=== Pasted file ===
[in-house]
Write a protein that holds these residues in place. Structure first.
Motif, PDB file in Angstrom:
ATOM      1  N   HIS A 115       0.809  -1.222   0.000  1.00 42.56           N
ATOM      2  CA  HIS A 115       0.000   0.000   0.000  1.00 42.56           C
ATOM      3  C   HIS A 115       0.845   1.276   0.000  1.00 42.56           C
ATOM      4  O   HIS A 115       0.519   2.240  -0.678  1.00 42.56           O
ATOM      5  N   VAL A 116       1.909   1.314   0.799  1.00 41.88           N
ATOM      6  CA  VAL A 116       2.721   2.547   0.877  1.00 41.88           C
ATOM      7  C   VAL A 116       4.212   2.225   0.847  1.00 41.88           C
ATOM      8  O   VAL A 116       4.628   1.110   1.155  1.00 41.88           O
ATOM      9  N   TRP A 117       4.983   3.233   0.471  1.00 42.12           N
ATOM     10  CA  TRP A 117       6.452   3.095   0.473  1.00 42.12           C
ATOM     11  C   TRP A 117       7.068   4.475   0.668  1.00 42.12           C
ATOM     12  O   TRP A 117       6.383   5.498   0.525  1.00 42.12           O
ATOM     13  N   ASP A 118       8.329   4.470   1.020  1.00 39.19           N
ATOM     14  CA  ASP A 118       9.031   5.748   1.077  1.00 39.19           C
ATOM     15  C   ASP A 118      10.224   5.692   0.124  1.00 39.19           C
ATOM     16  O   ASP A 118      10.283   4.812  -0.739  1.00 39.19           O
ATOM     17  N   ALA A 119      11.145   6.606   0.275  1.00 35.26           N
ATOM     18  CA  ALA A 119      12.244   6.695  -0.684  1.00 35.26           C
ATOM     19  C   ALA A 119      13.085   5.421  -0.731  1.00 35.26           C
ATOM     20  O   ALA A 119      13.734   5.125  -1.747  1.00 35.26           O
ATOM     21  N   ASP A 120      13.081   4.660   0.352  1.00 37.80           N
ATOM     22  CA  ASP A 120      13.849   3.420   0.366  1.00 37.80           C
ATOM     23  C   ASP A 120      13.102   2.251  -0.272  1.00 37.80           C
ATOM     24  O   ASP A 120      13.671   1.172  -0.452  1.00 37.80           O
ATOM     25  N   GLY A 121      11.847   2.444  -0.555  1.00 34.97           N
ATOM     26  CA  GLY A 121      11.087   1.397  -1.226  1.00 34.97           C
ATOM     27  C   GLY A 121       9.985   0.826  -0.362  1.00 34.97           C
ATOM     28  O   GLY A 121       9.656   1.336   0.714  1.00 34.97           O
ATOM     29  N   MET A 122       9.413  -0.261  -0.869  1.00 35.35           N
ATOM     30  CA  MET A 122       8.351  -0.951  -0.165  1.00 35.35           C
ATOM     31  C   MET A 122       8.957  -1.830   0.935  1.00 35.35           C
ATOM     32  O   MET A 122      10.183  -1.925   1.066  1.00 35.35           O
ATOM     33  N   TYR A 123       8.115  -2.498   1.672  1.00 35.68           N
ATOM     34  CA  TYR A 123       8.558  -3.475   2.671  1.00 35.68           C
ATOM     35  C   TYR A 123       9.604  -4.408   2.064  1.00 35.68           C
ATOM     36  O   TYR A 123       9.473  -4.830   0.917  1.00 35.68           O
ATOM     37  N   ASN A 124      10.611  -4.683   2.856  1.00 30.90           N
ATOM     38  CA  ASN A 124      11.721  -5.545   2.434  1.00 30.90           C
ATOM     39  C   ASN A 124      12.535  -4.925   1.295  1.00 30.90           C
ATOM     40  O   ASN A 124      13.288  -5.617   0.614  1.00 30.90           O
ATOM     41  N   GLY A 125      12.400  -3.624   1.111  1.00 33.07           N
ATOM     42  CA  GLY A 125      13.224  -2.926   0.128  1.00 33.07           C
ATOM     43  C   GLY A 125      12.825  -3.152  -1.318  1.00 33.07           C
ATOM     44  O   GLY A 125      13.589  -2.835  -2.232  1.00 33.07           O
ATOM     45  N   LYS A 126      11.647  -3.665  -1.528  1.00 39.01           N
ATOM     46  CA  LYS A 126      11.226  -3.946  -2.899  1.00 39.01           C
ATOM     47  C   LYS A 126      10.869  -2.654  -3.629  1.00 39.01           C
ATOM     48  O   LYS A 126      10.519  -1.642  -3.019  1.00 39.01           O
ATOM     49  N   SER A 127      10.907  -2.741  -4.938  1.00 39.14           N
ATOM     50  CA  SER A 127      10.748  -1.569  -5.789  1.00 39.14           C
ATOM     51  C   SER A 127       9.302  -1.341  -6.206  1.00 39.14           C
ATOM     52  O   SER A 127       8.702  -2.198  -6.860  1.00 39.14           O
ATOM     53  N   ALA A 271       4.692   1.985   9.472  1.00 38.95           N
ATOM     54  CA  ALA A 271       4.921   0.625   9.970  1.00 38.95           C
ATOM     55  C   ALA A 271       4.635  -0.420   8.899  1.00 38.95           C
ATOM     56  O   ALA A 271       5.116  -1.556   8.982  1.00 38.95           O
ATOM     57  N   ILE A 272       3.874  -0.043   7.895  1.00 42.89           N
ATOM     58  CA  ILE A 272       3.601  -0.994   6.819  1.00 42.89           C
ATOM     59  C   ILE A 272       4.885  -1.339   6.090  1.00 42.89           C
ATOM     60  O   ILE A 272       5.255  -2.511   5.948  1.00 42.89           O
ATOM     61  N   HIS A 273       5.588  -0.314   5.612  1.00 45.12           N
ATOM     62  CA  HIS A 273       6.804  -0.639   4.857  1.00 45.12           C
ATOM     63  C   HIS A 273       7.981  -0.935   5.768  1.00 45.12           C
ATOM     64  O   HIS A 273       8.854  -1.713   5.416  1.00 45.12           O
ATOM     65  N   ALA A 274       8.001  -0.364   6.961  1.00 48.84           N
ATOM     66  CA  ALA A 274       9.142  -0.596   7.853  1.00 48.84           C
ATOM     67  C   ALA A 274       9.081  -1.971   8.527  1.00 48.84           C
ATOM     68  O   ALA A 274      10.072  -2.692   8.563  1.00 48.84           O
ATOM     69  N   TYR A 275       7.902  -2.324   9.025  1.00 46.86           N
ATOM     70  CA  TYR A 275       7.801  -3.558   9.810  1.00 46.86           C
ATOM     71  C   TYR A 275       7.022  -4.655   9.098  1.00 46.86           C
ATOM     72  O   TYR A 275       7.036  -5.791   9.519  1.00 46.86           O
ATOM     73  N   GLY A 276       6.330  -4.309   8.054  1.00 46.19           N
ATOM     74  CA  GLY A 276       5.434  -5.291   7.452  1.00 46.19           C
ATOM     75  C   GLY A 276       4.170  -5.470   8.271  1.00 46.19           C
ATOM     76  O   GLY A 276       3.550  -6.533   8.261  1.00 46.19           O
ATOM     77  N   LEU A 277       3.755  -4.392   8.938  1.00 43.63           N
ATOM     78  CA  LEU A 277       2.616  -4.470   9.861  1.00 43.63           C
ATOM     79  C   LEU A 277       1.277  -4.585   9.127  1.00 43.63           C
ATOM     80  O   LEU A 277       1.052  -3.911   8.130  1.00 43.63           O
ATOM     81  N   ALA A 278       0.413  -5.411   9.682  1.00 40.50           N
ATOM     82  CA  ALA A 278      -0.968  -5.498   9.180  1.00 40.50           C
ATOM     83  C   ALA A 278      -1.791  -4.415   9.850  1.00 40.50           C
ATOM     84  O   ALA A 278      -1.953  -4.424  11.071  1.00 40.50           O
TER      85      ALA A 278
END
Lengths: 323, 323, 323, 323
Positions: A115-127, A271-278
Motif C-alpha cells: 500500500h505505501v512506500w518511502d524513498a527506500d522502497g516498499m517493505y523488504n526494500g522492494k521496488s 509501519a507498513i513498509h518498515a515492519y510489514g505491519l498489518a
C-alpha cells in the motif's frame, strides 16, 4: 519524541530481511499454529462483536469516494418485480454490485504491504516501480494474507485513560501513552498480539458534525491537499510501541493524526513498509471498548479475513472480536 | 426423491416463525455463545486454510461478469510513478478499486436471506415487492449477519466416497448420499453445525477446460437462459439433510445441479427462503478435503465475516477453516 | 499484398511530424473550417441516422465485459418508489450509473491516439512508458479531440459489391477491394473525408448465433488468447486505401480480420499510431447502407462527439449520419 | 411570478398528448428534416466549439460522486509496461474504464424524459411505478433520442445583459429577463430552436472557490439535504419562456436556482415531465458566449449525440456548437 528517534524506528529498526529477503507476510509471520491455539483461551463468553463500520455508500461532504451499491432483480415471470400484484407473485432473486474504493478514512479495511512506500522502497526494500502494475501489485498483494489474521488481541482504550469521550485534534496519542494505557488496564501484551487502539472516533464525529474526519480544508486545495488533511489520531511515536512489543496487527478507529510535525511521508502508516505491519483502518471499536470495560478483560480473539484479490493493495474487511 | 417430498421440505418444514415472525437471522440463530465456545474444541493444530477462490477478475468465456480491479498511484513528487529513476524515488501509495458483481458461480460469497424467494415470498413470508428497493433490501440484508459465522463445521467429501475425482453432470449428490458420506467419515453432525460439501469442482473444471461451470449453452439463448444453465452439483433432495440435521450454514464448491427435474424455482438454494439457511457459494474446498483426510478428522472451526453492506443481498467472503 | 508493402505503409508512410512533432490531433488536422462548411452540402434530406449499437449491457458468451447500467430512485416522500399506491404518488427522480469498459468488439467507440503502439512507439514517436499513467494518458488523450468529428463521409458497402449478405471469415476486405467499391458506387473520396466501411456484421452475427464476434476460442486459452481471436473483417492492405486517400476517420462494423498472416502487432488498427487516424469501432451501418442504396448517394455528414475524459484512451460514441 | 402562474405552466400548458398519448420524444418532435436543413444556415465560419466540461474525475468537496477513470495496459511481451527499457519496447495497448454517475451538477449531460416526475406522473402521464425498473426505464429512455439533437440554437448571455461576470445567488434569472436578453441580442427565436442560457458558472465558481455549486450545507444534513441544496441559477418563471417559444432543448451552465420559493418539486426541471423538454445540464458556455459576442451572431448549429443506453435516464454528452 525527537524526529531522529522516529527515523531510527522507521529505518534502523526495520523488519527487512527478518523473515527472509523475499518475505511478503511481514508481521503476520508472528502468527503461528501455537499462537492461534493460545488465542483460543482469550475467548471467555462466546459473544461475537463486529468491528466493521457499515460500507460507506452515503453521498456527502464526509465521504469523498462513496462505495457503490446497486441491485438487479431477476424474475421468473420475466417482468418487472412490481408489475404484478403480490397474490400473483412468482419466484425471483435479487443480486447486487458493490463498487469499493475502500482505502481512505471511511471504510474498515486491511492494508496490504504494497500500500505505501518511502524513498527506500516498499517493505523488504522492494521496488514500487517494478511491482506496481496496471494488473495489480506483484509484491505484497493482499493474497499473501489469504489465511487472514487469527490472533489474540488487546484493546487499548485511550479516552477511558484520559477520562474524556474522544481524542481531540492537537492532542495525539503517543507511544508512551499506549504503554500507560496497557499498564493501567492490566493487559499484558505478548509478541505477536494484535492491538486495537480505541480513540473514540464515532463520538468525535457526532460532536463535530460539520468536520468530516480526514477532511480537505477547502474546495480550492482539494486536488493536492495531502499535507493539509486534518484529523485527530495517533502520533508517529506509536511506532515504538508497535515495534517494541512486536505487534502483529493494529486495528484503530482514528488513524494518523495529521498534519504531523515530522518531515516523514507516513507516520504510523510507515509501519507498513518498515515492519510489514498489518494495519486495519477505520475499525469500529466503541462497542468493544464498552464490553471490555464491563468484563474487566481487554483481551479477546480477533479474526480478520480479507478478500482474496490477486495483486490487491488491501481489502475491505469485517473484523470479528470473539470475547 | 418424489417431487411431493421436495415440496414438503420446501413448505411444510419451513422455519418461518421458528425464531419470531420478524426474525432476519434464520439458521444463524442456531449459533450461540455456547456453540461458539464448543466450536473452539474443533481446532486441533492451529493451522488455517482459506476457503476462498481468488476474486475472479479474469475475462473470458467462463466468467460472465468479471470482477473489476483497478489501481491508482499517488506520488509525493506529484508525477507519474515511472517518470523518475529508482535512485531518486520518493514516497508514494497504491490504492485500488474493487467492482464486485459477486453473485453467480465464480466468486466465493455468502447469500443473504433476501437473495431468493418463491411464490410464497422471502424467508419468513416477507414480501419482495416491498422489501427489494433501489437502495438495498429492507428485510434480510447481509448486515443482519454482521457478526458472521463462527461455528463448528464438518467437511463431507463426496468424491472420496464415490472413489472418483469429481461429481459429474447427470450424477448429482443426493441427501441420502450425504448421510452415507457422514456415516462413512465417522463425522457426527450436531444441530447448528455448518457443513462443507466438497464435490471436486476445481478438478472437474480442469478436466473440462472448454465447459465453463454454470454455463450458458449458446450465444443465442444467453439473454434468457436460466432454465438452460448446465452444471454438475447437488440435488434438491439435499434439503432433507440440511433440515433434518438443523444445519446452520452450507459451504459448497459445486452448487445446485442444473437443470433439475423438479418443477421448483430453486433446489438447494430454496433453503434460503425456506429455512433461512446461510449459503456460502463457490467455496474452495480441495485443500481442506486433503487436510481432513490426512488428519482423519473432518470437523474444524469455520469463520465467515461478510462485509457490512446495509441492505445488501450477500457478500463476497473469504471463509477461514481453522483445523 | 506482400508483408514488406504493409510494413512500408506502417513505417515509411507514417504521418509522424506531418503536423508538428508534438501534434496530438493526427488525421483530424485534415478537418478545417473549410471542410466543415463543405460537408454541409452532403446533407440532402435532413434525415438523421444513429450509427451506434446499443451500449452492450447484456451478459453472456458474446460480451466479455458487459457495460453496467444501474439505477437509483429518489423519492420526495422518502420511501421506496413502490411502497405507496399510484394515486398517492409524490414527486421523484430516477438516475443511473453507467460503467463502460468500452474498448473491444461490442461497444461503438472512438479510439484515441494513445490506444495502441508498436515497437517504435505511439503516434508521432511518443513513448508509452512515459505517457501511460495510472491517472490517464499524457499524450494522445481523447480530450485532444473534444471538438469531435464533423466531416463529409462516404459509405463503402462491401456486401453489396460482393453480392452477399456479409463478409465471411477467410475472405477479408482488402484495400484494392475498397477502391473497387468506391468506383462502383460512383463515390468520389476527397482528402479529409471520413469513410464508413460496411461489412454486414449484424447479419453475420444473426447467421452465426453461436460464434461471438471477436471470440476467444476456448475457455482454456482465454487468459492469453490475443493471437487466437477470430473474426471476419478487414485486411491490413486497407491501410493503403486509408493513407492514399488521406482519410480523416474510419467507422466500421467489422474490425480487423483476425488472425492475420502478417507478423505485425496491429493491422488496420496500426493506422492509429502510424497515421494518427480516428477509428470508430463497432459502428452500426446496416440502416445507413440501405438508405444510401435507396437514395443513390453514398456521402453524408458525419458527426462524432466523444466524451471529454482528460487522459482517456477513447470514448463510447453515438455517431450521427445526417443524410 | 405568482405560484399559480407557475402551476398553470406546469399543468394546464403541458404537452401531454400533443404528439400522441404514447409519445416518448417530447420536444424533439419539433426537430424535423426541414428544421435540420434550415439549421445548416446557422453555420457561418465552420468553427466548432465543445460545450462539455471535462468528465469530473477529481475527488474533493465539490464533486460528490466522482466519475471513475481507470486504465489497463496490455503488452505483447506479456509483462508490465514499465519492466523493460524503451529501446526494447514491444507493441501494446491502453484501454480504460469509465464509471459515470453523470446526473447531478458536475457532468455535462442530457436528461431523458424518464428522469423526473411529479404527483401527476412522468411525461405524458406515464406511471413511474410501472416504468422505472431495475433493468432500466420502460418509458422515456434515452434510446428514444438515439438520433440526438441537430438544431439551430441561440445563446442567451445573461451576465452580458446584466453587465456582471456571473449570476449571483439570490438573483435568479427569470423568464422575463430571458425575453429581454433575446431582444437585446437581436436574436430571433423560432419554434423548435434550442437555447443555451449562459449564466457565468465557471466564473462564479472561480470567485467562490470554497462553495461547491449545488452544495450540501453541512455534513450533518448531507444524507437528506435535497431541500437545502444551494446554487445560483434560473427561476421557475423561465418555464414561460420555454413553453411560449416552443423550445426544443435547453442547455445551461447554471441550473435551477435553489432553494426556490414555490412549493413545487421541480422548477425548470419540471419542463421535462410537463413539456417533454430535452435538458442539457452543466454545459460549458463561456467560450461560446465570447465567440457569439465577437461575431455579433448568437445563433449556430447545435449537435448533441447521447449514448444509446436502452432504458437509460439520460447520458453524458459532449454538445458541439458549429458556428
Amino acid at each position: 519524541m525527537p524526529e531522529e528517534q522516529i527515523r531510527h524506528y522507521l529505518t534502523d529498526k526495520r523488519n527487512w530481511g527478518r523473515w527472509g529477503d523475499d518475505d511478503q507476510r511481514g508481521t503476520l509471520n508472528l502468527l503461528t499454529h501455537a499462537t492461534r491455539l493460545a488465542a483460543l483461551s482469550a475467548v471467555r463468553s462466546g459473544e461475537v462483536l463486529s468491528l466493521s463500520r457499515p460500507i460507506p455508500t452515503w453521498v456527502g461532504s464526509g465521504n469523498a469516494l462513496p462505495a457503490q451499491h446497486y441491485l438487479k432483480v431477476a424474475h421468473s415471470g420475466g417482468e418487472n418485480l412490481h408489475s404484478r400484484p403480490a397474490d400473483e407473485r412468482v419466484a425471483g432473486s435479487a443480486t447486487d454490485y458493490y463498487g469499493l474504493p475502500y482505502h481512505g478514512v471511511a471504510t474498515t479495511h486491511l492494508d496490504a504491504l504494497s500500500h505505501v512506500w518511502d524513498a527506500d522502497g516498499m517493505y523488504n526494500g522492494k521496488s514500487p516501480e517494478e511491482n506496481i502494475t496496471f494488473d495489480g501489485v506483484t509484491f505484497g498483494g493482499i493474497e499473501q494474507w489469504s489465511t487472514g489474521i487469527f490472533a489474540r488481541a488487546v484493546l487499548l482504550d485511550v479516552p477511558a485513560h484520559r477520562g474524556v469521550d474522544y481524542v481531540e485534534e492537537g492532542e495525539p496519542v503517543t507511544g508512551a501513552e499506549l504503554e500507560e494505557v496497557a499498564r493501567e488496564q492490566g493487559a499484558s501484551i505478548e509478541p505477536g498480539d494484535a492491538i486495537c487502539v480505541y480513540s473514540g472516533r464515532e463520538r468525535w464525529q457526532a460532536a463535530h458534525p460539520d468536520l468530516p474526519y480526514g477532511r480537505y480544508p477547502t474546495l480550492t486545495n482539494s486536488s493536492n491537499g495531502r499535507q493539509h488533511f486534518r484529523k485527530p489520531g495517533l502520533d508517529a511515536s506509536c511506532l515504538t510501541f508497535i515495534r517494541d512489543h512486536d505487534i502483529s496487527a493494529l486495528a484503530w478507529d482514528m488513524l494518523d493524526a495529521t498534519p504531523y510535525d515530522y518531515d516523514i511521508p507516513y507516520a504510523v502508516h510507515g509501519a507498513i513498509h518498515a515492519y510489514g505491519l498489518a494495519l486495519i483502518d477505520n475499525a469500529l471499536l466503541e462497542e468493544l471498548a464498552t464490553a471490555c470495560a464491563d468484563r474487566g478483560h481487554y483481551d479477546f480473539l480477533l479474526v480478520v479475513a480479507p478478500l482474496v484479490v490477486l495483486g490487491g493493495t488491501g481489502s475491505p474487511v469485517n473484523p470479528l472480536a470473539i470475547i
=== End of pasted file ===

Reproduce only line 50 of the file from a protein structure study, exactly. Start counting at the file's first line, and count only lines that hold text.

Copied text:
ATOM     47  C   LYS A 126      10.869  -2.654  -3.629  1.00 39.01           C